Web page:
Newly-renovated Lemko Museum Preserves Memories of Lemkivshchyna
By Diana Howansky
Some fathers build their daughter a dollhouse. Ivan Honchak built his a model Lemko church.
Honchak, who was born in the Lemko village of Bortne in 1923 and taken to work in Germany in 1942, immigrated to the United States as a young man, but managed to remember the minute details of the church in which he was christened.
As a little girl, Honchak's daughter asked him questions about the Lemko region -- how had he lived, and what did he eat there? – so Honchak decided to recreate, from memory, a small-scale, detailed version of the Bortne church as something of a toy, he said.
"People ask me if I had a blueprint," Honchak said. "No, God gave me the plans for it. God gave me the idea how to do it. I'm not an engineer. It just came to my head."
That model of the 162-year-old, wooden Bortne church is now housed in the Ukrainian Lemko Museum of Stamford, CT for others to see. The museum, which strives to preserve artifacts of Lemko regional culture, was recently renovated and can be viewed anytime by appointment.
Honchak was one of dozens of people who came to the Ukrainian Lemko Museum, located on the territory of St. Basil's Seminary, when it was open to the public for the Ukrainian Day Festival on September 12. He was happy to show the visitors his donated work, which also included wooden replications, complete with moving mechanical parts, of farm equipment used in Lemkivshchyna.
"Wow, you're talented," said Andrea Boucher, 14, of Wyndham, CT to Honchak as she peered inside the model church. "It's beautiful. I'd be lucky if I remembered what I had last night for supper."
Visitors filed past the exhibited Lemko pysanky, or Easter eggs, which are characteristic because of the short, quick strokes used to make them, and past reproduced works of Lemko artist Nikifor Drovniak, who, illiterate and handicapped, acquired international renown in the 1960's for his water-colour paintings.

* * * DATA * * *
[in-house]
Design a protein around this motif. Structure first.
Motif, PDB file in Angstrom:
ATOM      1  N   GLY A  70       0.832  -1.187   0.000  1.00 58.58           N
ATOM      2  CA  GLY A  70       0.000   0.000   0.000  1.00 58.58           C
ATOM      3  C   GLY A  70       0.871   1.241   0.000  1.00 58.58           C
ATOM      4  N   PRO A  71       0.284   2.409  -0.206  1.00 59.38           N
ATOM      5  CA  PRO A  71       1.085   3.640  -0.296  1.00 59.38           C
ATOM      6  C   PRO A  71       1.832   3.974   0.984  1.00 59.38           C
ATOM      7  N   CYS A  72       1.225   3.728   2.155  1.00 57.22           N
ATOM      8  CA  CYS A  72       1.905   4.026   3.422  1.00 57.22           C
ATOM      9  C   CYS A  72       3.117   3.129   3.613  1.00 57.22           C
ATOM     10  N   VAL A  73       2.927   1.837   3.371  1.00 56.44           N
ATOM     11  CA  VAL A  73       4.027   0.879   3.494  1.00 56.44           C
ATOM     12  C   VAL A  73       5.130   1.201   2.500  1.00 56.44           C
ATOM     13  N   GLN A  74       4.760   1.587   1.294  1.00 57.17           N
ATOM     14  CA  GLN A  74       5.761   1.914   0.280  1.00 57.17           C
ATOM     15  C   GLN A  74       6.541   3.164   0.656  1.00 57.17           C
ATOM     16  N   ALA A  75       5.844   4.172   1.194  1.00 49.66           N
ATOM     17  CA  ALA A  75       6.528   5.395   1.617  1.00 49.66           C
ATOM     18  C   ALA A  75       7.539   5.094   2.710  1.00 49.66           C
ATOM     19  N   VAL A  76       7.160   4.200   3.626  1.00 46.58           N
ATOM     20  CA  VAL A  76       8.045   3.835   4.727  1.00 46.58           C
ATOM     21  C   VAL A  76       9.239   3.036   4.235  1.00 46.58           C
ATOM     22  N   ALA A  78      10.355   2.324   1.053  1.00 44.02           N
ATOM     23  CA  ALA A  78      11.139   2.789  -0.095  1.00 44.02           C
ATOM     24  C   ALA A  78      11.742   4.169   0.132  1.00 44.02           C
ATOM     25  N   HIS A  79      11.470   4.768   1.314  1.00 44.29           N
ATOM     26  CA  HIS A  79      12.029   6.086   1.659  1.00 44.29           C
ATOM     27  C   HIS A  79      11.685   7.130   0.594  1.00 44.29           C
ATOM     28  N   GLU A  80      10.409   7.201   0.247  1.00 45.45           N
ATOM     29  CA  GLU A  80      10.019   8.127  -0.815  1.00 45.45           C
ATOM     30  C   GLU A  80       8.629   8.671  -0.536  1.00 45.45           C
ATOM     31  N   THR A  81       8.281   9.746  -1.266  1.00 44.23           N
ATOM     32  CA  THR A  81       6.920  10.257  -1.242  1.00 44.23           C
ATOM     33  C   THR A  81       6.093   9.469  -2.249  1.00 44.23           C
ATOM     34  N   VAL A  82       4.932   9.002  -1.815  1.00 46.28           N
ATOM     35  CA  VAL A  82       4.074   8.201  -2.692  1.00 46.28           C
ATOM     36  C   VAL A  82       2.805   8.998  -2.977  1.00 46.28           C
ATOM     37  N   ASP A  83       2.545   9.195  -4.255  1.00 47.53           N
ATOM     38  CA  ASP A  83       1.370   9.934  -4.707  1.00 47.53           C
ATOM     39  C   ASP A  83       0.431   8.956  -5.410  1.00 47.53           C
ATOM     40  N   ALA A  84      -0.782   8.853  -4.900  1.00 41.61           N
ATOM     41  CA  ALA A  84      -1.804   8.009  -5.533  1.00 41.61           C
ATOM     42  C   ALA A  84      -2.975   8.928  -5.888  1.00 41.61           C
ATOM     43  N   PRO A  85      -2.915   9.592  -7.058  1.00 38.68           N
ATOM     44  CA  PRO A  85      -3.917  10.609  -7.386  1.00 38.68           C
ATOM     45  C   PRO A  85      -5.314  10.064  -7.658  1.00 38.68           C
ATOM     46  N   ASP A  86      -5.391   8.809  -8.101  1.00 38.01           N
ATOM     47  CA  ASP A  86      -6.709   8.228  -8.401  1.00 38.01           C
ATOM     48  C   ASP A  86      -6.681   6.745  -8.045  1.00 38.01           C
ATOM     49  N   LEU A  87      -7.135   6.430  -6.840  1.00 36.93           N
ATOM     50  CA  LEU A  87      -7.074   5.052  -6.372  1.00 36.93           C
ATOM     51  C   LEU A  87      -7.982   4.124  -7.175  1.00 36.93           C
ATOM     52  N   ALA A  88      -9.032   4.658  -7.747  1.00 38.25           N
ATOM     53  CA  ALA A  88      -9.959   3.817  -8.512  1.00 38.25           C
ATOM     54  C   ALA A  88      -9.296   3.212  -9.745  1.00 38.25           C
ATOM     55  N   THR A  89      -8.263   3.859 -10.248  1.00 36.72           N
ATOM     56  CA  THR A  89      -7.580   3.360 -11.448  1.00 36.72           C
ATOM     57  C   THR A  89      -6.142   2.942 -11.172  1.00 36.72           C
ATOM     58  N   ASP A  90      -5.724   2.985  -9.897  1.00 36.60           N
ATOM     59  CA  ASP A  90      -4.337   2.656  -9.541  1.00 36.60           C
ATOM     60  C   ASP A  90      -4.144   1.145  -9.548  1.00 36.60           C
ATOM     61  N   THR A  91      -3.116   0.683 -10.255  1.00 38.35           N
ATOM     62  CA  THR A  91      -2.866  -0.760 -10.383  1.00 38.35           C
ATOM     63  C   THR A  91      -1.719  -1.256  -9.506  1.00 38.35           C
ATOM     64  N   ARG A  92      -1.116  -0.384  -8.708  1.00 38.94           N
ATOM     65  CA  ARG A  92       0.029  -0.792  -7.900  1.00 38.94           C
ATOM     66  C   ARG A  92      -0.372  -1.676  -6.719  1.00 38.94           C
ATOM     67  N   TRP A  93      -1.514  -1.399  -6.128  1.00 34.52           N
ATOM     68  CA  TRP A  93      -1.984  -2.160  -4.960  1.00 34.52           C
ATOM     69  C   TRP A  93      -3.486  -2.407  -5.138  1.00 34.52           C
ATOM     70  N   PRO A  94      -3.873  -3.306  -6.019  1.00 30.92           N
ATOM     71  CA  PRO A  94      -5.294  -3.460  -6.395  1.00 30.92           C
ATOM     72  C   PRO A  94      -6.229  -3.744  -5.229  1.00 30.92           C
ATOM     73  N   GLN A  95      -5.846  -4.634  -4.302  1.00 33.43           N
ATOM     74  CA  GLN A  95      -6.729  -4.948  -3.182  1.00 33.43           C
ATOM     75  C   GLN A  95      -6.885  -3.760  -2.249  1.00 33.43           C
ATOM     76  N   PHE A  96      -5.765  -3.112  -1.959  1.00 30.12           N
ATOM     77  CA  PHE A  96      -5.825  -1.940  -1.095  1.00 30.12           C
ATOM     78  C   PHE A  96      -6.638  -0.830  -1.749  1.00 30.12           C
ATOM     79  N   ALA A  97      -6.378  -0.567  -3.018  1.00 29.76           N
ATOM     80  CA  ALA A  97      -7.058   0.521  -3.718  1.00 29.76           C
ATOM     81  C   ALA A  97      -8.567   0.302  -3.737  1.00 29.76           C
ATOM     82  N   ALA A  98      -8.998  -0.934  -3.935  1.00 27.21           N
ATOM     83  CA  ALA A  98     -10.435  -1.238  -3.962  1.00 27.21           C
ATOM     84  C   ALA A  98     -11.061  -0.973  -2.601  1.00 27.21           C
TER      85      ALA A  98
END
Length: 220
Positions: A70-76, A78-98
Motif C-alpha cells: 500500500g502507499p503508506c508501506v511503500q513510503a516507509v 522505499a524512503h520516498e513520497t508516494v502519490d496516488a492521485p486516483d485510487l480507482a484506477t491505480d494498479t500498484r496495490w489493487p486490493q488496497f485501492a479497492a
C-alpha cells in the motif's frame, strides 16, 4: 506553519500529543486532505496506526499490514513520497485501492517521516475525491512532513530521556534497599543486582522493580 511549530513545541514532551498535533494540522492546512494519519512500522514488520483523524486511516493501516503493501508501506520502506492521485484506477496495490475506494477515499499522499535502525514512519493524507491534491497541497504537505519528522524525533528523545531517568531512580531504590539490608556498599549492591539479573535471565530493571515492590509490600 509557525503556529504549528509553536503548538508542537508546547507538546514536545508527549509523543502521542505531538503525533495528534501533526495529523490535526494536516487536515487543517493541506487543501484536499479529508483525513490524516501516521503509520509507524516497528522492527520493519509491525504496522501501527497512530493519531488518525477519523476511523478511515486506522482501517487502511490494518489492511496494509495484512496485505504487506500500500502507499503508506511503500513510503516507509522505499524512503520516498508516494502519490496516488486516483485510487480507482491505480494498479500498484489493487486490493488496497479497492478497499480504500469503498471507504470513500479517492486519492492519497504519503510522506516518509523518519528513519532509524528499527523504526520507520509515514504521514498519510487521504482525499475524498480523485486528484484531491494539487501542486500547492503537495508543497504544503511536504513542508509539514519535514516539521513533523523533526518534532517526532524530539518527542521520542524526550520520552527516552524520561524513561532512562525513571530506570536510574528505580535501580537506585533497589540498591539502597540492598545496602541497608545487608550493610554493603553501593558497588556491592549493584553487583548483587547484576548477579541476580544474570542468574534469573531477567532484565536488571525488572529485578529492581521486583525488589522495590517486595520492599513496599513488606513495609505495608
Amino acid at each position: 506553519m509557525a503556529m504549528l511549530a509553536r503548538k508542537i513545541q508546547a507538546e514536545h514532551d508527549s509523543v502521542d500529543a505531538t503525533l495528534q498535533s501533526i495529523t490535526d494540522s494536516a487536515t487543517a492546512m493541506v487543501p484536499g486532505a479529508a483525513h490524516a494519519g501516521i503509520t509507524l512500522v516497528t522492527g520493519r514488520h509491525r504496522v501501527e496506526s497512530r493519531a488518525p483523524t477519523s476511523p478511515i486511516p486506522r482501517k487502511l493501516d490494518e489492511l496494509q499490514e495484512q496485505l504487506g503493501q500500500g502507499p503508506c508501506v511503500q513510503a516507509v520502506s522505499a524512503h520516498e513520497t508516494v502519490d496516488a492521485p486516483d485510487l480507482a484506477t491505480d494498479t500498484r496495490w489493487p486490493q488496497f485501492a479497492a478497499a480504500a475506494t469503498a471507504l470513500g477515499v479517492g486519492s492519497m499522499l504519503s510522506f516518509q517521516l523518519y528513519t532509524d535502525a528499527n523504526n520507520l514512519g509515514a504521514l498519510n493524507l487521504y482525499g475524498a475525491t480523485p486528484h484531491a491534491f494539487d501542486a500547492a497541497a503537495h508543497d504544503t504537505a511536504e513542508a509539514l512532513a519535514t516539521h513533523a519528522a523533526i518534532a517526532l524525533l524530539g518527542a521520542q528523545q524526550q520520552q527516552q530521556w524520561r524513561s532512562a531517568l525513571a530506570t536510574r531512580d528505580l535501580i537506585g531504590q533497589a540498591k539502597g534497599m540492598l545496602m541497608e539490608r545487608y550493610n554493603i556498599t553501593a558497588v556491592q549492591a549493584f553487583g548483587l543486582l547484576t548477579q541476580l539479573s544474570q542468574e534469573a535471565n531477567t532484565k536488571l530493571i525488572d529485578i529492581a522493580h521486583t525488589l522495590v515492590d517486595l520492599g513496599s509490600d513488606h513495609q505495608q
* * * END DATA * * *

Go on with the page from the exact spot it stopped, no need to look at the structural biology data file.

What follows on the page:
Other displays include Lemko folk costumes, wooden carvings, and photos from historical Congresses of Lemko organizations.
Looking around with his young daughter, Aleksander Zyla, 53, who was born in western Poland after his family was forcibly relocated from Lemkivshchyna in 1947, said he came to the museum to remember Lemko history and traditions.
"I always listened to my parents talking about the land they lived on. Kids in the U.S. don't understand unless you show them in reality," said Zyla, who has been to the Ukrainian Lemko Museum approximately 10 times. "I love it. This is part of coming back here to the festival."
Marta Rudyk of New Haven CT, a fifth-time visitor to the museum, said that she enjoys looking at the items donated by past generations, as well as seeing the museum grow little by little each year.
The Ukrainian Lemko Museum, originally located in Syracuse, NY and run by Nicholas Duplak, was moved in 1981 into two rooms donated by His Excellency Bishop Vasyl Losten, said Steven Howansky, the museum's curator since 1993. The museum, managed by the Organization for the Defense of Lemkivshchyna (known by the acronym OOL), functions on the basis of volunteerism and donations.
Although there have not been many items added to the museum recently, the existing artifacts have been displayed more clearly, with new descriptions that visitors can read, Howansky said.
"We want to preserve our tradition, our culture, our things that remained after our forefathers," said Howansky, who was five-years-old when he was relocated with his family during Akcja "Wisla" in 1947. "We want our traditions to be kept because our history is interesting and close to our hearts." For more information about the Ukrainian Lemko Museum, contact Steven Howansky at (203) 762-5912. Visits to the museum for both individuals and groups, particularly students, can be arranged.
[Steven Howansky (right), curator of Ukrainian Lemko Museum of Stamford, CT, and Ivan Honchak (left) stand in museum next to model Lemko church made by Honchak. Picture courtesy of Bill Magac.]